Mat Ryer and Jerod Santo sit down to review and discuss the MOST and LEAST unpopular “unpopular opinions” since we started keeping track of such things. Also Generics.
The panel are joined by Teiva Harsanyi, author of 100 Go Mistakes, to talk about how best to make mistakes when writing Go.
What is a Product Manager, and do Engineers need them? In this episode, we will be discussing what a Product Manager does, what makes a good Product Manager, and debating if engineering teams truly need them, with some tech companies going without them. We are joined by Gaëlle Sharma, Senior Technical Product Manager, at the New York Times, leading the Identity group.
Go modules brought about quite a few changes to the Go ecosystem. One of those changes is semantic import versioning (SIV), which has a fairly pronounced effect on how libraries are identified. In this episode we are joined by Tim Heckman and Peter Bourgon to discuss some of the downsides to these changes and how it has lead to what a subset of the Go community refers to as the “v2+ problem.”
Fuzzing is coming to the standard library. We speak to Katie Hockman and Jay Conrod who were part of the team responsible for designing and implementing it. We dig into the details, hear some best practices, where fuzzing can help your code, and learn more about how it works.
Learning Go with code pop quizzes is a fun way to zoom in on different language features. People are looking forward to pop quizzes on Twitter and in conferences, and they also learn from that. Let’s chat about pop quizzes!
We discuss how Test Driven Development (TDD) can help you write better code, and build better software. Packed with tips and tricks, gotchas and best practices, the panel explore the subject and share their real-world experiences.
Porter lets you package your application artifacts, client tools, configuration and deployment logic together as a versioned bundle that you can distribute, and then install with a single command. Written entirely in Go, we speak to one of the creators about running an open source project, the importance of documentation, and more.
This episode was recorded live from GopherCon Europe 2021!
Natalie & Mat host three amazing devs who gave talks that showcase using Go in unusual ways: Dr. Joakim Kennedy is tracking Go in malware, Mathilde Raynal is building quantum-resistant cryptography algorithms, and Preslav Rachev is creating digital art.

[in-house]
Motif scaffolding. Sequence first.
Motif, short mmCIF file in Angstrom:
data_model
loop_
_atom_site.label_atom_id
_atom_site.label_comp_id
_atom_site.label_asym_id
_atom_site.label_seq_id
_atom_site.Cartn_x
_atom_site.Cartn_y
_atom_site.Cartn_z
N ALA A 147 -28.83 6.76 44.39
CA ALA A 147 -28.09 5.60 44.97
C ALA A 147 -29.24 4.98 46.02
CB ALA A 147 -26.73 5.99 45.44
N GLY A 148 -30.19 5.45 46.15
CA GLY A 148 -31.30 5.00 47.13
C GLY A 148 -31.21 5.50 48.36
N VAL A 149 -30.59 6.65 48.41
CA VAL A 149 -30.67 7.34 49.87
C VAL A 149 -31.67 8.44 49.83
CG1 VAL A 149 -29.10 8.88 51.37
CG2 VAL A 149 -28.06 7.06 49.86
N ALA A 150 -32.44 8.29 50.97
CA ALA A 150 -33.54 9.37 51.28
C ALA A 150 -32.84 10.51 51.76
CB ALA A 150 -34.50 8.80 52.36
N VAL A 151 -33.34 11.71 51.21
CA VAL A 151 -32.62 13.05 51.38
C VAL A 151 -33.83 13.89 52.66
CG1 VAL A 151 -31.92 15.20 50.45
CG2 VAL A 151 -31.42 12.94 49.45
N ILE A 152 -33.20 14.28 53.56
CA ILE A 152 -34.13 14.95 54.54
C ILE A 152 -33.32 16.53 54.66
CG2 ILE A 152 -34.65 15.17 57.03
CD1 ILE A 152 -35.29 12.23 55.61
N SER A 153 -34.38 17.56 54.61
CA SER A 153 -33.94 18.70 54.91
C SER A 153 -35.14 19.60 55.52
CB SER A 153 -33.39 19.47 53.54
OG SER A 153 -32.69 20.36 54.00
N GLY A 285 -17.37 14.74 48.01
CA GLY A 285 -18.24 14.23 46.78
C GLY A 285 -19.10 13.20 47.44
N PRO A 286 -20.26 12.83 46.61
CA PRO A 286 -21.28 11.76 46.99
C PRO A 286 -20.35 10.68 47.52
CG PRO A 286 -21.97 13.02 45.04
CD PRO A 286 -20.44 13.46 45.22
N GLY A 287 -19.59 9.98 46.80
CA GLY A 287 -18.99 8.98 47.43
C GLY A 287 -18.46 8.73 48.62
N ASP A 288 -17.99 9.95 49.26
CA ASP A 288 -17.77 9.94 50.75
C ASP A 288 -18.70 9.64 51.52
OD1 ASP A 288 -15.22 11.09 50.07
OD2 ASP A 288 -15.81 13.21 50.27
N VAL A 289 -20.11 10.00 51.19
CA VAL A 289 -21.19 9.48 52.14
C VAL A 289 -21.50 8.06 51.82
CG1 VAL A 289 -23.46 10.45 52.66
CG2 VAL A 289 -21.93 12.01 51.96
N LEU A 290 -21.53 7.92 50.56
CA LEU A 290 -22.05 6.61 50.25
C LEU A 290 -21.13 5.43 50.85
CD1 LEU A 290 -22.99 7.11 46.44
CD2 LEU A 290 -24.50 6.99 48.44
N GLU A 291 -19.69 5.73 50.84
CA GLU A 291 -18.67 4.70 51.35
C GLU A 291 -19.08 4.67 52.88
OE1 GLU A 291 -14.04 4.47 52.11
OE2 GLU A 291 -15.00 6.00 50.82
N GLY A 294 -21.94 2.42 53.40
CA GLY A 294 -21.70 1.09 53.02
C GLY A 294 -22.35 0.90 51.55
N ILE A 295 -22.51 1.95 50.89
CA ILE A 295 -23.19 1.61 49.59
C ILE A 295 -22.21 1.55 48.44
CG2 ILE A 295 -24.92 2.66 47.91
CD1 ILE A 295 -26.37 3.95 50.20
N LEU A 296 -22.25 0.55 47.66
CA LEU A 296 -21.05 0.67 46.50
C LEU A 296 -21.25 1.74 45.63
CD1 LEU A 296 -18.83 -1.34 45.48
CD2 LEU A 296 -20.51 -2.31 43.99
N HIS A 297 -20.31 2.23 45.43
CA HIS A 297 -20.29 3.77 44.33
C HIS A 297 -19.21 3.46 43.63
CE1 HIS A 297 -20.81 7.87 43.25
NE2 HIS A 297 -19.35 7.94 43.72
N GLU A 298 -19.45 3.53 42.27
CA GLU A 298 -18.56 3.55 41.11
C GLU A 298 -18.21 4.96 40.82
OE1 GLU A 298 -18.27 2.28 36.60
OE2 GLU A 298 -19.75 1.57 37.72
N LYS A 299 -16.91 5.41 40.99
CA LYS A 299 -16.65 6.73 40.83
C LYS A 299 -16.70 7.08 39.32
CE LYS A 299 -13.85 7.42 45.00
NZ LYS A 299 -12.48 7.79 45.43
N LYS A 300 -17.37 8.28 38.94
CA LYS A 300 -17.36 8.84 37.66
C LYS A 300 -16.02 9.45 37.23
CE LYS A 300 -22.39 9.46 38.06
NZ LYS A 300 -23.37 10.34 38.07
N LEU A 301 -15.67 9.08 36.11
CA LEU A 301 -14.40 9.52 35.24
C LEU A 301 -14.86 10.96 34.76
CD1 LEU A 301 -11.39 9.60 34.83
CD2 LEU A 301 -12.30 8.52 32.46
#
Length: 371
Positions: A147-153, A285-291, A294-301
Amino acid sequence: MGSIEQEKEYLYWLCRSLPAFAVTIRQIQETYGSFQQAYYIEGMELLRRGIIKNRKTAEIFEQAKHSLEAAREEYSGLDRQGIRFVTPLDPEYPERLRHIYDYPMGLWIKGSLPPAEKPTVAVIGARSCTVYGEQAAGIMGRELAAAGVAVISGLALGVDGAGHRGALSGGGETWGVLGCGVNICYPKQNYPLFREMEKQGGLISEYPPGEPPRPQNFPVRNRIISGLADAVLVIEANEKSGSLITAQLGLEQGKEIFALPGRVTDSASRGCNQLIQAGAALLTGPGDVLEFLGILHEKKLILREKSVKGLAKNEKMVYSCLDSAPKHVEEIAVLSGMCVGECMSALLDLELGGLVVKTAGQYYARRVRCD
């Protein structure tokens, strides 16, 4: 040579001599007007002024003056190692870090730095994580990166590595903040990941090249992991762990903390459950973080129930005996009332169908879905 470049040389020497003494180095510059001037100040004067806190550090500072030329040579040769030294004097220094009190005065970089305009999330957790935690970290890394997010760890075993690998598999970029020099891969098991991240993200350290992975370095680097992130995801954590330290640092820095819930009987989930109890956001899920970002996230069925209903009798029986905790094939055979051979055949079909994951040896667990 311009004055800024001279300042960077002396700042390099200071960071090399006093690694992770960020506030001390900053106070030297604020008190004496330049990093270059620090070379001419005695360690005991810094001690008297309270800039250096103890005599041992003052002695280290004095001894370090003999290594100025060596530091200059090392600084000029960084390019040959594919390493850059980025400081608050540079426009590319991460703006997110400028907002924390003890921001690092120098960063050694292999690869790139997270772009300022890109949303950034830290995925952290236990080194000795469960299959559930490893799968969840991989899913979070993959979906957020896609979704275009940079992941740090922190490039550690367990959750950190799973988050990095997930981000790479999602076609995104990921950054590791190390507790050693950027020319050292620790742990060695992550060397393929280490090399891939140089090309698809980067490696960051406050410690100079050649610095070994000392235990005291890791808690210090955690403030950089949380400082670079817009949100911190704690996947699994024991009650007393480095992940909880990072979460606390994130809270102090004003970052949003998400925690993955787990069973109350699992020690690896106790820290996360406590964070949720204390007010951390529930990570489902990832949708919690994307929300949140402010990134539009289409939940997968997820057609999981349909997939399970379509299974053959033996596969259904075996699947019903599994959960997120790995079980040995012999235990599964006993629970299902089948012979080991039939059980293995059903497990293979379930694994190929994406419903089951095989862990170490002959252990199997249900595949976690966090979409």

We hear from our speakers how they got into Go, how they made the choice to use Go for their unusual use case, and how it compares to other languages for their specific needs.
We also chat about conference talks, submissions and public speaking - how to start, good practices, and tips they collected along the way.
In the past decade a variety of games have emerged where players need to create an AI to play the game rather than play the game directly. In this episode we speak with the creator of one of those games - Battlesnake. Brad Van Vugt joins us to talk about building a game engine using Go, making programming games easier for beginners to get started with, the long term vision for games like Battlesnake, and more.
In this episode, we will talk about building for Blockchain in Go. We are joined by two of the co-founders of Prysmatic Labs (a company behind the upgrades to the Ethereum network). Raul Jordan and Preston Van Loon tell Angelica how they started the company, as well as what it’s like to build technical infrastructure for the Ethereum blockchain using Go.
Tools and frameworks that aim to boost developer productivity are always worth a closer look, but we don’t often consider the trade-offs for whichever we settle on. In this episode, we discuss the questions one should be asking when evaluating developer productivity tools and frameworks in the Go ecosystem in particular.
Joining us to discuss is André Eriksson, the creator of Encore, a backend framework that aims to make development and deployment as productive as it can be.
In this episode we talk with Daniel and Steve about their experience with event-driven systems and shed some light on what they are and who they might be for. We explore topics like the complexity of setting up an event-driven system, the need to embrace eventual consistency, useful tools for building event-driven systems, and more.
Perspectives from both the workshop leaders perspective, as well as the workshop participants. What are some top tips, things to watch out for, and ways to innovate and keep your participants engaged, especially in the remote world we are now living in.